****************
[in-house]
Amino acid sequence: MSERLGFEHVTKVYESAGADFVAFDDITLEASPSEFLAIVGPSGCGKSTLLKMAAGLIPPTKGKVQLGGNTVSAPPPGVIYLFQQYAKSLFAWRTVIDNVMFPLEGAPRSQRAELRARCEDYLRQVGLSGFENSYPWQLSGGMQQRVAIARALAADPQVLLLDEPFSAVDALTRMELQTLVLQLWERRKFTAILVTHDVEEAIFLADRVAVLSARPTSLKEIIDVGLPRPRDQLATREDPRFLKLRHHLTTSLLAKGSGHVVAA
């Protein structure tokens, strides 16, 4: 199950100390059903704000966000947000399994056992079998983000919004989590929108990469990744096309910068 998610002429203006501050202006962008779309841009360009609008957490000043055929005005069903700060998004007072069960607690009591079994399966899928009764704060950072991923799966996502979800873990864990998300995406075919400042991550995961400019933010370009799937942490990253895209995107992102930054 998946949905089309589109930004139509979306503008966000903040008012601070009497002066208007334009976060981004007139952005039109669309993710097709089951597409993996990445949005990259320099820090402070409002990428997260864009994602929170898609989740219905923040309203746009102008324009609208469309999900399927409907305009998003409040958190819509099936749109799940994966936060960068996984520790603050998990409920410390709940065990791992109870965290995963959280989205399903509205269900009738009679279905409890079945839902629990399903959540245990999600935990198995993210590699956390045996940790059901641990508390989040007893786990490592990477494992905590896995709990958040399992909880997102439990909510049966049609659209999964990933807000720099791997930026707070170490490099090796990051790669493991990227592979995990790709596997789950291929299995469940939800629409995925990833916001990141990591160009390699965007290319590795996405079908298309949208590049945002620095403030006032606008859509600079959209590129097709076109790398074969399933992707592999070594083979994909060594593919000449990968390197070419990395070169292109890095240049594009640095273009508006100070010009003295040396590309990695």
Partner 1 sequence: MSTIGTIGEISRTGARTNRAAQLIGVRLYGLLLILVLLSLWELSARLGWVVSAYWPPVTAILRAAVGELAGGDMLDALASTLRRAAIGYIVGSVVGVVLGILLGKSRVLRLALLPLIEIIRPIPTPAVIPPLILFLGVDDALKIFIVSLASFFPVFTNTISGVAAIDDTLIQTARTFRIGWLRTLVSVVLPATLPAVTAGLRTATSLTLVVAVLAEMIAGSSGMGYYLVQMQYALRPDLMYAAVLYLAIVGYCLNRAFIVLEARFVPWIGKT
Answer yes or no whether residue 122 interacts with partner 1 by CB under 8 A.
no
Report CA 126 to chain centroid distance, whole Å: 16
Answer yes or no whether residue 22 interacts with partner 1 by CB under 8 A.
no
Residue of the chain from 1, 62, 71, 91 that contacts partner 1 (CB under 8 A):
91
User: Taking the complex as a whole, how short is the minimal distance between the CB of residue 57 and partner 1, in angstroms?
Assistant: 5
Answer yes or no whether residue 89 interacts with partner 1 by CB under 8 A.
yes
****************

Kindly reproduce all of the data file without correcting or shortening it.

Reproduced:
[in-house]
Amino acid sequence: MSERLGFEHVTKVYESAGADFVAFDDITLEASPSEFLAIVGPSGCGKSTLLKMAAGLIPPTKGKVQLGGNTVSAPPPGVIYLFQQYAKSLFAWRTVIDNVMFPLEGAPRSQRAELRARCEDYLRQVGLSGFENSYPWQLSGGMQQRVAIARALAADPQVLLLDEPFSAVDALTRMELQTLVLQLWERRKFTAILVTHDVEEAIFLADRVAVLSARPTSLKEIIDVGLPRPRDQLATREDPRFLKLRHHLTTSLLAKGSGHVVAA
């Protein structure tokens, strides 16, 4: 199950100390059903704000966000947000399994056992079998983000919004989590929108990469990744096309910068 998610002429203006501050202006962008779309841009360009609008957490000043055929005005069903700060998004007072069960607690009591079994399966899928009764704060950072991923799966996502979800873990864990998300995406075919400042991550995961400019933010370009799937942490990253895209995107992102930054 998946949905089309589109930004139509979306503008966000903040008012601070009497002066208007334009976060981004007139952005039109669309993710097709089951597409993996990445949005990259320099820090402070409002990428997260864009994602929170898609989740219905923040309203746009102008324009609208469309999900399927409907305009998003409040958190819509099936749109799940994966936060960068996984520790603050998990409920410390709940065990791992109870965290995963959280989205399903509205269900009738009679279905409890079945839902629990399903959540245990999600935990198995993210590699956390045996940790059901641990508390989040007893786990490592990477494992905590896995709990958040399992909880997102439990909510049966049609659209999964990933807000720099791997930026707070170490490099090796990051790669493991990227592979995990790709596997789950291929299995469940939800629409995925990833916001990141990591160009390699965007290319590795996405079908298309949208590049945002620095403030006032606008859509600079959209590129097709076109790398074969399933992707592999070594083979994909060594593919000449990968390197070419990395070169292109890095240049594009640095273009508006100070010009003295040396590309990695």
Partner 1 sequence: MSTIGTIGEISRTGARTNRAAQLIGVRLYGLLLILVLLSLWELSARLGWVVSAYWPPVTAILRAAVGELAGGDMLDALASTLRRAAIGYIVGSVVGVVLGILLGKSRVLRLALLPLIEIIRPIPTPAVIPPLILFLGVDDALKIFIVSLASFFPVFTNTISGVAAIDDTLIQTARTFRIGWLRTLVSVVLPATLPAVTAGLRTATSLTLVVAVLAEMIAGSSGMGYYLVQMQYALRPDLMYAAVLYLAIVGYCLNRAFIVLEARFVPWIGKT
Answer yes or no whether residue 122 interacts with partner 1 by CB under 8 A.
no
Report CA 126 to chain centroid distance, whole Å: 16
Answer yes or no whether residue 22 interacts with partner 1 by CB under 8 A.
no
Residue of the chain from 1, 62, 71, 91 that contacts partner 1 (CB under 8 A):
91
User: Taking the complex as a whole, how short is the minimal distance between the CB of residue 57 and partner 1, in angstroms?
Assistant: 5
Answer yes or no whether residue 89 interacts with partner 1 by CB under 8 A.
yes